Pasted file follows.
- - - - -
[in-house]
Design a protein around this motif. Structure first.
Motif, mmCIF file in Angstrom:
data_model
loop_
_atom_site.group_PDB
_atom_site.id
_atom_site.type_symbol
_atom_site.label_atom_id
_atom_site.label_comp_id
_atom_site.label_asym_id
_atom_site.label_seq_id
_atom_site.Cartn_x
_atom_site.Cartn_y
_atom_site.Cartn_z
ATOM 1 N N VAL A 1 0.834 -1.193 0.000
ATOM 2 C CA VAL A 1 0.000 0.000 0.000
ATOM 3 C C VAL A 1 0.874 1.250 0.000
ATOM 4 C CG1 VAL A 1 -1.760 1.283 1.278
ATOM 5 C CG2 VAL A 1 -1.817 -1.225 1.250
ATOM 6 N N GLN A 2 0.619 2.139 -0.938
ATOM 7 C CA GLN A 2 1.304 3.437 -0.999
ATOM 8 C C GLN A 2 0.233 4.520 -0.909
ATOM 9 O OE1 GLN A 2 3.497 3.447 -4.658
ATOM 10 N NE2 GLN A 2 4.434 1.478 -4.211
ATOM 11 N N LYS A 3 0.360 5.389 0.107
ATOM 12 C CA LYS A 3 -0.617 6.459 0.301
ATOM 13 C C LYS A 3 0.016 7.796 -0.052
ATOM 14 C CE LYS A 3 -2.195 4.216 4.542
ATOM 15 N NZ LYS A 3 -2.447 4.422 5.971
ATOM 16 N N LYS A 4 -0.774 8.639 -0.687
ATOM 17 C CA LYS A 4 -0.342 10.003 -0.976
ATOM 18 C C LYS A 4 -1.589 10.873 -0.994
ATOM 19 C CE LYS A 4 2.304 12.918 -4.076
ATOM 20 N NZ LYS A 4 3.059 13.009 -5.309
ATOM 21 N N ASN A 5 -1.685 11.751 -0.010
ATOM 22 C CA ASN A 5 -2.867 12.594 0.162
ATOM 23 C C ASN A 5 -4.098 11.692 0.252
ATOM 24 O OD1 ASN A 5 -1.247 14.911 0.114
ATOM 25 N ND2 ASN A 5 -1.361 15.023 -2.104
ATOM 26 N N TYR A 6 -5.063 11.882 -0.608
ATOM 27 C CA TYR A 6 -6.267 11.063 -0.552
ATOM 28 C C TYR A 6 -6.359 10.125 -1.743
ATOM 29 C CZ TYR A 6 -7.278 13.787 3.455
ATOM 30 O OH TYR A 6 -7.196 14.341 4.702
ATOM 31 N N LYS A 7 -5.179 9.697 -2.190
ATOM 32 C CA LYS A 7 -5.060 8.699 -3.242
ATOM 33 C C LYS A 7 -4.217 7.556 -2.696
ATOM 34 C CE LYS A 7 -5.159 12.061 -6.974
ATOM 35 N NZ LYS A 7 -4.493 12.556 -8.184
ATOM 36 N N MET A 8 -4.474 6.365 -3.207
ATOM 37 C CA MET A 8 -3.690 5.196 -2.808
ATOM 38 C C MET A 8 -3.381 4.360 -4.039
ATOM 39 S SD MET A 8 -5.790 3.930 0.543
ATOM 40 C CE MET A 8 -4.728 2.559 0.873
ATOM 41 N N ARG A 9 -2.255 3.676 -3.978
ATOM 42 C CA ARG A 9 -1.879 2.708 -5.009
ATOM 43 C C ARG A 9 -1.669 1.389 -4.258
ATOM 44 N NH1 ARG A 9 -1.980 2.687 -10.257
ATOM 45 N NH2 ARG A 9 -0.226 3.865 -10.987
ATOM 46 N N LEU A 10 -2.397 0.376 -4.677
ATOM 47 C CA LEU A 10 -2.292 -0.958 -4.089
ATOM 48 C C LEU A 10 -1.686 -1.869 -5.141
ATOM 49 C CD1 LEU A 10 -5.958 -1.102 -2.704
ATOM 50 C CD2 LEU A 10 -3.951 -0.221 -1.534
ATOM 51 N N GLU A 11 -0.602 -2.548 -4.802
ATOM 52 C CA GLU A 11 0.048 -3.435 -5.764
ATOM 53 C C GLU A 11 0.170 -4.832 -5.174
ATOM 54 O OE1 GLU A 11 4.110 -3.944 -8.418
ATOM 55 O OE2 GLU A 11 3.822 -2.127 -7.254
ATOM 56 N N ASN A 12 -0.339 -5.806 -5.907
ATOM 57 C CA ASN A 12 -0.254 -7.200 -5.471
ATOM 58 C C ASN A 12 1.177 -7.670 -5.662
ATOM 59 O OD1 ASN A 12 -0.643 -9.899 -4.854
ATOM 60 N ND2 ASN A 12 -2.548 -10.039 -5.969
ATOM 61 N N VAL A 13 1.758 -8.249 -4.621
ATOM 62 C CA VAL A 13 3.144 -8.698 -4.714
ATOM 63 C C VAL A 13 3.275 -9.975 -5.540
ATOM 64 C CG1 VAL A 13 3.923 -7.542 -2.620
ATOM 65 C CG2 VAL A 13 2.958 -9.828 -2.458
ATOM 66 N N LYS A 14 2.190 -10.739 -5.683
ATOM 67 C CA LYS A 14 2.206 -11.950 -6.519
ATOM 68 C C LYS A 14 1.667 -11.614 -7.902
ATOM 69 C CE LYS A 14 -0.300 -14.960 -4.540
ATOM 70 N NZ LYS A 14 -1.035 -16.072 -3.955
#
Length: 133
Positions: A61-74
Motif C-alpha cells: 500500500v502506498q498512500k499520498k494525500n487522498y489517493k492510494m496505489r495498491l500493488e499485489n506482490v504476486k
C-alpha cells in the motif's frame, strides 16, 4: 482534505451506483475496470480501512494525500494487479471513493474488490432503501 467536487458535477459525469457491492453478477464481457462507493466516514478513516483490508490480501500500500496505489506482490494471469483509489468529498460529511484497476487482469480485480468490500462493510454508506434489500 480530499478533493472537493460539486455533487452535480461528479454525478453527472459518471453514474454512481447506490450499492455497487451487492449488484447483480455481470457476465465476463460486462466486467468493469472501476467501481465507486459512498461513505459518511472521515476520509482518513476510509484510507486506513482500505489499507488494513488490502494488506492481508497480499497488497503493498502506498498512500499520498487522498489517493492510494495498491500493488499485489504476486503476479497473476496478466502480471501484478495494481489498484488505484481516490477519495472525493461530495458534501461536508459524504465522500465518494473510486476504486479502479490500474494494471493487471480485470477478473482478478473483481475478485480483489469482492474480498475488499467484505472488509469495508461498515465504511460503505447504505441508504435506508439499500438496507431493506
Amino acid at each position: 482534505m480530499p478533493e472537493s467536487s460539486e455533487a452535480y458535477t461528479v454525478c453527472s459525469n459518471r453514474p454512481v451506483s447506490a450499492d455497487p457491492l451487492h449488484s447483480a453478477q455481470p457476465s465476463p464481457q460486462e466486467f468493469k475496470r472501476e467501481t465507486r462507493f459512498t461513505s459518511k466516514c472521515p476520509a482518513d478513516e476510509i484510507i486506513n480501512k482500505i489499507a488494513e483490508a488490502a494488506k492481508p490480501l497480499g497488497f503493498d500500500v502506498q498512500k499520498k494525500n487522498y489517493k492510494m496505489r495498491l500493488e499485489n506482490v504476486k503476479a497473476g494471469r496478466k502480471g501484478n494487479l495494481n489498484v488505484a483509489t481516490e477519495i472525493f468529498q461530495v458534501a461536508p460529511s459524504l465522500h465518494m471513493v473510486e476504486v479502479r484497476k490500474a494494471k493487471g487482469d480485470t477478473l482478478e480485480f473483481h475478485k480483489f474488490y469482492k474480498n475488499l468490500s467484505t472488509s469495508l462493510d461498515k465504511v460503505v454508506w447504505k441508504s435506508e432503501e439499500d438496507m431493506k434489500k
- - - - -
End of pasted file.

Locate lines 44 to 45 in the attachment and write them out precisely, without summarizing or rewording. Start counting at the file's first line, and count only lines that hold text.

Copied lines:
ATOM 29 C CZ TYR A 6 -7.278 13.787 3.455
ATOM 30 O OH TYR A 6 -7.196 14.341 4.702